Sure, the questions are unconventional -- but so is the entire application process. After all, the job -- which nothing is known about -- was posted on Twitter.
Quirky? Perhaps. But this is the way Mark Essien, CEO of Hotels.ng
, the largest hotel booking platform in Nigeria, hunts for his workforce. With social media at the core of the entrepreneur's business model from the off, it was an organic progression for the company to find raw talent via social platforms. Caring little for an applicant's previous experience or qualifications, 31-year-old Essien tells CNN more about his unique screening process and why it works.
: On a whim I decided to try posting a job application on Twitter "only for geniuses." The task was to apply for an unspecified job in 10 words only. As it turned out, even though it was just 10 words, the quality of the applications was way better than all we had to date. After a back and forth with a series of difficult questions
, we got our first hire: Justin Irabor, our head of content marketing.
The interview questions were published online, and there was a lot of feedback that the questions were biased towards good writers only. So we did a second set of questions -- this time selecting the questions to bias towards people that would be good at operations. We had another amazing set of answers, and we ended up with another employee, someone very different from Justin -- and he became our head of finance.
He knew very little about finance, but the theory turned out to be quite true -- anyone smart enough will rapidly learn to handle things. Femi, the new hire, has increased the efficiency of the department from the low 70% to above 90%.
Generally, I ask simple questions that require a certain way of thinking. A question like "how do you create a bow that shoots arrows around corners?" may not yield any practical answers, but it helps to see how minds work when faced with challenges.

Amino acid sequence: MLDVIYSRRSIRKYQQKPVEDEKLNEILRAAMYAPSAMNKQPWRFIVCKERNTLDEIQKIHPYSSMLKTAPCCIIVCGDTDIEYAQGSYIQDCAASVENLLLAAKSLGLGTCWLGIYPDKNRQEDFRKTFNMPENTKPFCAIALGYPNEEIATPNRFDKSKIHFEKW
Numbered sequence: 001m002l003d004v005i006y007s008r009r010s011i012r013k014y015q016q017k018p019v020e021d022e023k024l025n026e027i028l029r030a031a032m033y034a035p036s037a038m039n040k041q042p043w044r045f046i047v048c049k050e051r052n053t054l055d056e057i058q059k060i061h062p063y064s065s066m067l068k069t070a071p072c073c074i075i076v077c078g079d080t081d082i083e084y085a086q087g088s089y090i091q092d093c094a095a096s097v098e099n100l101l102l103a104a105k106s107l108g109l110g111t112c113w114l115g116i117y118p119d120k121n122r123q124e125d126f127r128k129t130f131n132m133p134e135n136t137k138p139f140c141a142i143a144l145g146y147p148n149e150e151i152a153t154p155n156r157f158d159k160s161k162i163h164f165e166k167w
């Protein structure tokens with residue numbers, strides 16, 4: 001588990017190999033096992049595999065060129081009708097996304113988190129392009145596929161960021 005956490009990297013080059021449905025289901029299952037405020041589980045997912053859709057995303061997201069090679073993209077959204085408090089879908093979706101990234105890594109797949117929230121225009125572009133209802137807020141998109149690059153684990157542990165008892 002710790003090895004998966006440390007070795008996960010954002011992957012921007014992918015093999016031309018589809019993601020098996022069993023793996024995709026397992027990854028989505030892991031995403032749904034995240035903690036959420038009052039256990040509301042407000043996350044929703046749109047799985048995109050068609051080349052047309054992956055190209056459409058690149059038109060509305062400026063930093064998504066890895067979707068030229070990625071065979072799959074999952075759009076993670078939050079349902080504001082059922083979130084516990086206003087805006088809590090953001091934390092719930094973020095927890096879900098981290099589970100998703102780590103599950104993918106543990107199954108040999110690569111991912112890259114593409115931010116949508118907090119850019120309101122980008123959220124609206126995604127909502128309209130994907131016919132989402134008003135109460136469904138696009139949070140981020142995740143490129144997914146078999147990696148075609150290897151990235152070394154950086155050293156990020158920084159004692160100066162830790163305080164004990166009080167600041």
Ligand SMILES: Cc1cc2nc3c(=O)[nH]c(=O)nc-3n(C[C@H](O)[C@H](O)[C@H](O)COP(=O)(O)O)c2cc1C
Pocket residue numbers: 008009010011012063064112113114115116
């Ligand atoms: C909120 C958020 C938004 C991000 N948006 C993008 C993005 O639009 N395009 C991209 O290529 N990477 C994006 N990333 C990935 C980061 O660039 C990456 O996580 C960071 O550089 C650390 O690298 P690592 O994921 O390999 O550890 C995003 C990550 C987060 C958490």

Are you a real life Sherlock Holmes?
We just started a new recruitment exercise, where we are looking for a "detective and pattern matcher." We don't give further details of the job -- the assumption is that anyone that is a great detective will be able to do the job.
In looking for a "Detective and Pattern Matcher," I was looking for someone with a certain analytical ability. Apart from that, however, my ideal candidate was going to be someone who could identify trends and historical data, predict future outcomes and also suggest an improved outcome based on critical forward-thinking.
The first three questions I asked on Twitter were a kind of filter system -- to ensure that only the people who could at least answer those first questions would receive my follow-up questions via email.
The position I am hiring for with these questions is currently classified, but the winning answers to the three Twitter questions are:
Winning Answer: Andrew Hillel.
Winning Answer: Several situations call for the use of the median, but it finds good application for statistics with especially top-heavy skew (like income, net worth of significantly stratified earners).
The median is more appropriate to use in calculating the average income of people working in a place like the Banana Island in Lagos. In a place like that, for every wealthy guy present, there are plenty low-income earners. This naturally makes the median the 'true average' of income in such a case.
Winning Answer: While specialization by definition implies that some people are better than others in doing one thing in particular, it would be inaccurate to say people are only good at one thing alone. However, there is ample evidence to show that some people are better at drawing up blueprints while some have their strengths in executing on blueprints.
The architect who designed the Burj Al Arab -- Tom Wright -- imagined a hotel out in the sea with an artificial island and he drew a plan based on that but other people had to brainstorm how such a grand plan could come to fruition e.g what kind of foundation to implement, protection again high winds etc.
Consider Steve Jobs, too. I read he once told Engineers developing the iOS in such a way that each functionality mustn't exceed a particular number of key-presses so as to achieve the current high user-friendliness iPhones are renowned for. I am almost sure he didn't know how to actualize that.
Learn more about how this brilliant entrepreneur took his startup from conception to mass market in just two years: